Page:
Anterior Tarsal Tunnel Syndrome

Anterior tarsal tunnel syndrome is much like tarsal tunnel syndrome of the posterior tibial nerve. The nerve involved in the anterior tarsal tunnel is the deep peroneal nerve as it crosses over the front of the ankle joint.

Symptoms of anterior tarsal tunnel syndrome primarily are aching, cramping, or burning pain over the top of the foot. This sometimes extends as far as the space between the first and second toes. You may experience numbness in this area as well. Athletes are more commonly affected as repetitive compression of this area is seen with increased activity.

The cause for anterior tarsal tunnel syndrome can be due to anything causing compression of the nerve in its compartment. If relief of pressure is seen after removal of shoes or boots then the laces or tongue of the shoe may be the causative factor. Patients with previous trauma may have a bony exostosis present which allows for compression against the nerve with activity.

Prevention of anterior tarsal tunnel is usually aimed at controlling the structure of your foot as well as checking for external compressive forces in the shoes or boots you wear. The best prevention may be to get advice from your podiatrist.

Podiatric Care may include using anti-inflammatory oral medications or an injection of medication and local anesthetic to reduce the swelling around the deep peroneal nerve. An injection may be used for both diagnosis and for treatment. When you go to your doctor, x-rays are usually required to evaluate the structure of your foot and ankle to ensure no other bone problems exist. They may advise you on different shoewear or prescribe a custom made orthotic to try and control the foot structure especially if you have excessive pronation. Sometimes other examinations are needed to better understand the problem including an MRI, Electromygraphy (EMG), or a Nerve Conduction Study. Your podiatrist may send you to a neurologist to do these studies or evaluate you for other neuromuscular conditions. With positive test results and without relief using conservative care your podiatric physician may also recommend a surgical procedure to release the tarsal tunnel and decompress the nerve.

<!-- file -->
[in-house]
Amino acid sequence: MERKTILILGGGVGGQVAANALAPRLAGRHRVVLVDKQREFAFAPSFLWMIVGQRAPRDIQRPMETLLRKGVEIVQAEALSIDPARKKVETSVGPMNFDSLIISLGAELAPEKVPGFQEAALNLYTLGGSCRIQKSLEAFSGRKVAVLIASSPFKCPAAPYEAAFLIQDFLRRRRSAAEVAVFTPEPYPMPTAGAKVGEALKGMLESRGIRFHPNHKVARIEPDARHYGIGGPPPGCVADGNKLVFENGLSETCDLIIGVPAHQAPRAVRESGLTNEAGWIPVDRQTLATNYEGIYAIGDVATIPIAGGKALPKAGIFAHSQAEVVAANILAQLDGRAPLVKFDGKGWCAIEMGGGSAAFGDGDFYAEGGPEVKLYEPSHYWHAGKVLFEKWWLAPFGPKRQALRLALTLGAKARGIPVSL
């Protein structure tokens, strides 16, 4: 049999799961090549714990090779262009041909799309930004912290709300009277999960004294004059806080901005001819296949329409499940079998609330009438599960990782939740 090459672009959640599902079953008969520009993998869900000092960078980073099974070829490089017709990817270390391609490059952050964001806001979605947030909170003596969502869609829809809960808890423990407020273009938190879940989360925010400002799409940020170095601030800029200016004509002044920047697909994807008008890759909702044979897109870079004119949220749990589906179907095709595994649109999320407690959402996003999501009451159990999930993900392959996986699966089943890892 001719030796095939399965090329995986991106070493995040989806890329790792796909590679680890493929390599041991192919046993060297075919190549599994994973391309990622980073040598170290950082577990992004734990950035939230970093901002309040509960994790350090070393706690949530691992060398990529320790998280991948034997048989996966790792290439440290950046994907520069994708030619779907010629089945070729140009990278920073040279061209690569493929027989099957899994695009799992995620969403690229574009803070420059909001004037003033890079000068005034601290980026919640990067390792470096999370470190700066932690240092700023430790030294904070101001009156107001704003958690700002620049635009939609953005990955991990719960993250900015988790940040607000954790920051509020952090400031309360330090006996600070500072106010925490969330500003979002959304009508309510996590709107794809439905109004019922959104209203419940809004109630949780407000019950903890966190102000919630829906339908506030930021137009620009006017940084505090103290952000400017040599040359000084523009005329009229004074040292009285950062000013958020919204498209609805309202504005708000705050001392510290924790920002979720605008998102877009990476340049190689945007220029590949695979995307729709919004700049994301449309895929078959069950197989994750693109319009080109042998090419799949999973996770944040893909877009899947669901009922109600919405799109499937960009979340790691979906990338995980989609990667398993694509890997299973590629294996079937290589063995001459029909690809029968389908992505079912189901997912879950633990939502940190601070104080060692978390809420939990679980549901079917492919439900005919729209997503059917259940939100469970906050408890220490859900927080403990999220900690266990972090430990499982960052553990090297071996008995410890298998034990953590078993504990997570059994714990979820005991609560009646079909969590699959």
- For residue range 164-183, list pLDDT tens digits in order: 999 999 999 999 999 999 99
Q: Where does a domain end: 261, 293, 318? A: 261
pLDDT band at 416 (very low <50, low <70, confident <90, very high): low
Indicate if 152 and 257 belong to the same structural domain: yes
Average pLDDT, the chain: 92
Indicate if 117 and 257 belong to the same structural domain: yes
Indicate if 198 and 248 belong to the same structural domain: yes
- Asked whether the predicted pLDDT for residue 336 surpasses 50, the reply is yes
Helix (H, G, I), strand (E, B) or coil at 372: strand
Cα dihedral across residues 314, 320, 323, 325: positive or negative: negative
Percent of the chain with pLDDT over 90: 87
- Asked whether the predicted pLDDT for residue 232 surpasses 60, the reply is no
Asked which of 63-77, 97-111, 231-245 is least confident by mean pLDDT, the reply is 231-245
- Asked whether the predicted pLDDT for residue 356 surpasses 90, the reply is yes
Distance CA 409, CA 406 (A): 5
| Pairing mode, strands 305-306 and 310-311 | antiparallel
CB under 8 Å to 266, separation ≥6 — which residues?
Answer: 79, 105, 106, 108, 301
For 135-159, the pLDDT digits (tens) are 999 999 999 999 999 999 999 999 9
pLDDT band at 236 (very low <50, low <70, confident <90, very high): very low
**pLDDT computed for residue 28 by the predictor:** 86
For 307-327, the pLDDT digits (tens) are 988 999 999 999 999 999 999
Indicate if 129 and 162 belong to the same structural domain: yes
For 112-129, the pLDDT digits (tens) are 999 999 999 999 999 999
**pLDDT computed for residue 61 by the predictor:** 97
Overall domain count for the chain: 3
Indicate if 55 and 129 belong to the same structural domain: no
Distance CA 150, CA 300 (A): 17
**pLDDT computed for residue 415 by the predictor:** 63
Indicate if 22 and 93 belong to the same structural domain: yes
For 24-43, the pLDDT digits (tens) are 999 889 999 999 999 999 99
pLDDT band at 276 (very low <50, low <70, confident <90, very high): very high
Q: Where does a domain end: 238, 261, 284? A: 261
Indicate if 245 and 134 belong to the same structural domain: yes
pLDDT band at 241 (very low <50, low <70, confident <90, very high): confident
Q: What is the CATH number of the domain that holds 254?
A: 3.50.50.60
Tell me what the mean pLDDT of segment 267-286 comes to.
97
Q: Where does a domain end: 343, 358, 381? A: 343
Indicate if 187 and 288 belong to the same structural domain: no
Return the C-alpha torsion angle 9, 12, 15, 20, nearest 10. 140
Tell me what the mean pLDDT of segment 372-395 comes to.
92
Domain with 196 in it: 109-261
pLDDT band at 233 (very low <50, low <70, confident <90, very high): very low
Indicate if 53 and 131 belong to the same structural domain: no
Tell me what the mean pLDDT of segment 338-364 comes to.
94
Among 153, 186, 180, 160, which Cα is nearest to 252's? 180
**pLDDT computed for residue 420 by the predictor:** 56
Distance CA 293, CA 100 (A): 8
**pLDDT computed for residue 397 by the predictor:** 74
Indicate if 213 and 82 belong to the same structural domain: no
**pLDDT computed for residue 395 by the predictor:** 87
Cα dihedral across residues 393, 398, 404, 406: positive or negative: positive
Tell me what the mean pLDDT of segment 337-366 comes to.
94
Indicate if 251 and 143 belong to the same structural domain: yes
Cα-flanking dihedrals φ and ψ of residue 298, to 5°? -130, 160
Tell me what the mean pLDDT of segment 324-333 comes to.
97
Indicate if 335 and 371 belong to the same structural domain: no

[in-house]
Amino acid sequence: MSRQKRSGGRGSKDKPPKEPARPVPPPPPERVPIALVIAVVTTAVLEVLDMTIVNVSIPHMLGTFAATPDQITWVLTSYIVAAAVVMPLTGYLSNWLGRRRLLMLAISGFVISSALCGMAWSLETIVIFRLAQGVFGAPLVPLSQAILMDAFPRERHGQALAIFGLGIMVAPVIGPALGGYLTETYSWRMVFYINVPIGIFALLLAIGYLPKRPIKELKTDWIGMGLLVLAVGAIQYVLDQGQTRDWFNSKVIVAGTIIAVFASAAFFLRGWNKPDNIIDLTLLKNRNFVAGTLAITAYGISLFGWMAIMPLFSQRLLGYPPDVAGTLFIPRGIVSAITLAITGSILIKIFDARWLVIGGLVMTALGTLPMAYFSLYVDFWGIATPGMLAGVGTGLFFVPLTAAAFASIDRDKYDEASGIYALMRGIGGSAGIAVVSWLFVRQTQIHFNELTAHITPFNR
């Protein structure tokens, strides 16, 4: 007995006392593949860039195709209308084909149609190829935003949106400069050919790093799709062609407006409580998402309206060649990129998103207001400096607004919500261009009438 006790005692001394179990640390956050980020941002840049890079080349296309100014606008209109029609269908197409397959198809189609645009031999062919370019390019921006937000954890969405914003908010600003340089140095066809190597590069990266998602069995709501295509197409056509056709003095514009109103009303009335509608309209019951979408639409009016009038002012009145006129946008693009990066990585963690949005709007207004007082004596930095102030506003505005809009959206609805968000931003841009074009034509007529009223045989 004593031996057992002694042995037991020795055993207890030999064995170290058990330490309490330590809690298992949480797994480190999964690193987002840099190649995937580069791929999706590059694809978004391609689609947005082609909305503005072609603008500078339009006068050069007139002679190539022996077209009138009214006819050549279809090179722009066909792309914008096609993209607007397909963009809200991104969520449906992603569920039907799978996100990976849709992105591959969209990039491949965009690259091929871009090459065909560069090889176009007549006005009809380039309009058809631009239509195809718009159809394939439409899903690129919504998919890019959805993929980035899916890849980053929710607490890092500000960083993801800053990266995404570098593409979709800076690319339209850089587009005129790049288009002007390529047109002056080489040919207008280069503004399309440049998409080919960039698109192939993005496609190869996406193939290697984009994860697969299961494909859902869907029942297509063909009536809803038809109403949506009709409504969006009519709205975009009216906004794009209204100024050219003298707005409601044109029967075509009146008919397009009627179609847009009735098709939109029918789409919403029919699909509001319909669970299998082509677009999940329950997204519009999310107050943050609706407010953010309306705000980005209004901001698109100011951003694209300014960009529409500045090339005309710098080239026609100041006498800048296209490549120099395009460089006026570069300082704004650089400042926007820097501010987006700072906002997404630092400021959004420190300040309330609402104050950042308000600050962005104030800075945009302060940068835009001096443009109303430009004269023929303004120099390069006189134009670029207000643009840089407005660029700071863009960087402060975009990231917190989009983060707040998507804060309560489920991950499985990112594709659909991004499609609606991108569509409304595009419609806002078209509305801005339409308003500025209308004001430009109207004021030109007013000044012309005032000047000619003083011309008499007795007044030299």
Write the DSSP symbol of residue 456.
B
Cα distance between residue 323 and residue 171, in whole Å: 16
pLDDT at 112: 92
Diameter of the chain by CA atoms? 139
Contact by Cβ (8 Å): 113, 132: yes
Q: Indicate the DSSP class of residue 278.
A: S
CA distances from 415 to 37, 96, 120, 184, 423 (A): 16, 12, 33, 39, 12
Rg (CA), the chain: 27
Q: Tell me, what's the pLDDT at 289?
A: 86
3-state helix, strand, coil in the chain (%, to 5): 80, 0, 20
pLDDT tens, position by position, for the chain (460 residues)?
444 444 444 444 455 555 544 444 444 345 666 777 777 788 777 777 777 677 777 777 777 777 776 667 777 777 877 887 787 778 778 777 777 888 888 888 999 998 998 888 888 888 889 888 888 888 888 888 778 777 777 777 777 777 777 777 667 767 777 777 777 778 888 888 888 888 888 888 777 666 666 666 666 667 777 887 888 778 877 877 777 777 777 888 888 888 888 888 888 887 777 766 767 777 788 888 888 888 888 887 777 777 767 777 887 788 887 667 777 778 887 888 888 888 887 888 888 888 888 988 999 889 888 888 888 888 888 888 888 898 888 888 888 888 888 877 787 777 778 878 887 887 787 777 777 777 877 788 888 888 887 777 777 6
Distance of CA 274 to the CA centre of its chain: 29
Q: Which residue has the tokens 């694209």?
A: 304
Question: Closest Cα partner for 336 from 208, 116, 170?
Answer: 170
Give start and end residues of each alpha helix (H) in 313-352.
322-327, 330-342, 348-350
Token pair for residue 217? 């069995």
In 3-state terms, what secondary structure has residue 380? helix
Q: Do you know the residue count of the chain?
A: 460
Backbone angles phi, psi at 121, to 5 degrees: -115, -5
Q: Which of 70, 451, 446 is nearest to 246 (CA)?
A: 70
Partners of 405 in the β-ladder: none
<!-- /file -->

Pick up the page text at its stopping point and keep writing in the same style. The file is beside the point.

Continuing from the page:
Surgery for release of an anterior tarsal tunnel is basically explorative. The tarsal tunnel is explored to release any compression from surrounding the nerve.

Post-operative Care and Risks with a decompression of the anterior tarsal tunnel is usually with a soft bandage and a post-operative shoe for protection. Weight bearing is usually allowed if tolerated. You should expect some pain following surgery as well as swelling. Especially for the first 48 hours you should keep your leg elevated and occasional ice placed over the area of surgery (about 20 minutes per hour). Surgical cuts are made through the skin so a scar is expected. If you are a keloid former, let your surgeon know. Surgical cuts are not only made through skin, but through other layers of tissue as well, a scar may form within your foot and lead to adhesions. Typically you can get back into a supportive tennis shoe in 3-5 weeks following healing of the wound and stitches are removed. You may use crutches, a walker, or wheelchair to help you keep weight off of this foot if needed for post-operative pain. Healing time is influenced by many factors including your nutrition, circulation, and other medical conditions. If you are a smoker you can expect to take longer to heal. If you are required to keep pressure off of your foot then your leg muscles are not being used as they were before surgery. This allows for slower movement of the blood through the leg vessels. Occasionally this can lead to a blood clot in the leg which can become life threatening. Hip and knee flexion and extension exercises as well as wiggling your toes gently can help prevent this from occurring. If you have a history of blood clots you should let your surgeon know. Any time surgery is done around a nerve the patient may experience a variety of feelings following surgery for several months, including some tingling, burning, and phantom pains. Some small nerve fibers may be released causing permanent numbness after surgery. With any nerve surgery there is a high incidence of reoccurrence of problems.